A Pirate’s Life: Grace O’Malley

A Pirate’s Life tells the stories of history’s most infamous buccaneers and imagines the kind of rum they’d stash if they were alive today. Over the years, Ireland has had its fair share of pirates and Grace O’Malley is remembered as one of the fiercest of them all.

Famous for her defiance of English rule and dedication to her homeland, O’Malley was a scourge of the Atlantic and truly a pirate queen. Let’s examine her rum collection to see what she’d be drinking while she was plundering.

Ion spiced rum.

Ion Whisky Cask Spiced Rum 

O’Malley has left a lasting impression on the people of Ireland for her fighting spirit, leadership and political savviness. 

She became the head of her clan when her father died and carved out a legacy as a woman who ruled over a great amount of land across the Emerald Isle. O’Malley also acted in open defiance against Queen Elizabeth of England, refusing to acknowledge her rule over Ireland. 

O’Malley would certainly drink a rum that’d been created in her own honour and that is the case with Ion Spiced Rum. Aged in ex-whisky oak casks, this rum has been infused with citrus peel, ground kola nut, ginger and cassia bark. 

SeaWolf white rum.

SeaWolf White 

O’Malley’s sea raids against English vessels were legendary. She was an apex predator, fast, quick and deadly, much like an orca and she would likely have admired the killer whale for its effectiveness at sea.

A rum to remind her of her prowess is SeaWolf white, which is produced at the Strathearn distillery in Scotland. Made from imported molasses that’s been fermented with champagne and rum yeasts, SeaWolf is distilled in a pot still and features tropical notes of banana, pear and earth.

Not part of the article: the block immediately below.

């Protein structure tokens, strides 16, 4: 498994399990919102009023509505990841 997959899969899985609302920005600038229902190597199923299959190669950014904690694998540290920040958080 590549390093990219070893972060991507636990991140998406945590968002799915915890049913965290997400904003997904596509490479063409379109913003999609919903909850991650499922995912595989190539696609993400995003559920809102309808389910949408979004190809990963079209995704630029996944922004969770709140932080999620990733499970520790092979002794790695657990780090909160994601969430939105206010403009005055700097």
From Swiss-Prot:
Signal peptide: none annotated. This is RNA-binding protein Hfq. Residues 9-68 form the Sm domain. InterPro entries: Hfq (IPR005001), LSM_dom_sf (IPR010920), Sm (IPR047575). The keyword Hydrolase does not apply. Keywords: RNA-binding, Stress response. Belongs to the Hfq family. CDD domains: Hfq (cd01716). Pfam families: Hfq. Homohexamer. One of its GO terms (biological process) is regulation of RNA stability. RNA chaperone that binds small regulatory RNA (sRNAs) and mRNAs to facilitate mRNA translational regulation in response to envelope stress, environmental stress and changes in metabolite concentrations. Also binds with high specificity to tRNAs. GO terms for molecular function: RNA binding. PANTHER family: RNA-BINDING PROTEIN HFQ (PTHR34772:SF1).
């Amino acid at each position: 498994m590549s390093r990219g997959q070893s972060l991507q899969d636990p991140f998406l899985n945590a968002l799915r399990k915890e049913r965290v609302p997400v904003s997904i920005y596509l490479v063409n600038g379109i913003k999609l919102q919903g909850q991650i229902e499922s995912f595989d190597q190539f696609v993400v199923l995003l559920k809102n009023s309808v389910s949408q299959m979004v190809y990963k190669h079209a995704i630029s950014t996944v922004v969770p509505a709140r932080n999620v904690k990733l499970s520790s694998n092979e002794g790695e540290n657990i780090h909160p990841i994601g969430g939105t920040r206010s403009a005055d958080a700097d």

Tidal rum.

Tidal Rum 

Despite being married more than once, O’Malley’s true love was the sea. She developed her life-long passion from a young age and ignored her family’s attempts to lock her into a life on land. 

There’s a story that tells of how she cut her hair to pass as a boy in an attempt to become a sailor on her father’s ship. She’d been told that her long hair would catch on the ship’s ropes and aimed to prove her family wrong.

When her father found out what she’d done, O’Malley was given the nickname Grainne Mhaol, which comes from the word ‘maol’ to mean bald or cropped hair. 

A drink to represent her love for the sea is Tidal rum, a golden rum blended from four Caribbean varieties and infused with Pepper Dulse seaweed. The four rums include a three-year aged column distilled product from Trinidad, a two-year old Jamaican variety, a three-year old Bajan blend and a two-year old Dominican rum. 

Devil Bridge spiced rum.

Devil Bridge Rum 

O’Malley operated during a time when women were severely underestimated and she’d no doubt be fond of stories where other women were able to get the better of those who thought themselves superior. 

One such story comes from Wales and involves the devil wandering the land when he came across a woman separated from her cow by a river. Seeing an opportunity, the devil offered the woman a bridge to cross in exchange for the first soul to cross it. The woman outsmarted the devil by throwing a loaf of Bara Brith bread across the bridge for her dog to fetch. 

This story is at the heart of Devil Bridge spiced rum, which is infused with the legendary Welsh Bara Brith, Glengettie black tea and Shirgar Carmanthanshire butter. 

Anne Bonny was another Irish pirate who made a name for herself and you can check out the kind of rum she’d collect here. 


2 thoughts on “A Pirate’s Life: Grace O’Malley

  1. Pingback: A Pirate’s Life: Grace O’Malley – My Writing Vault

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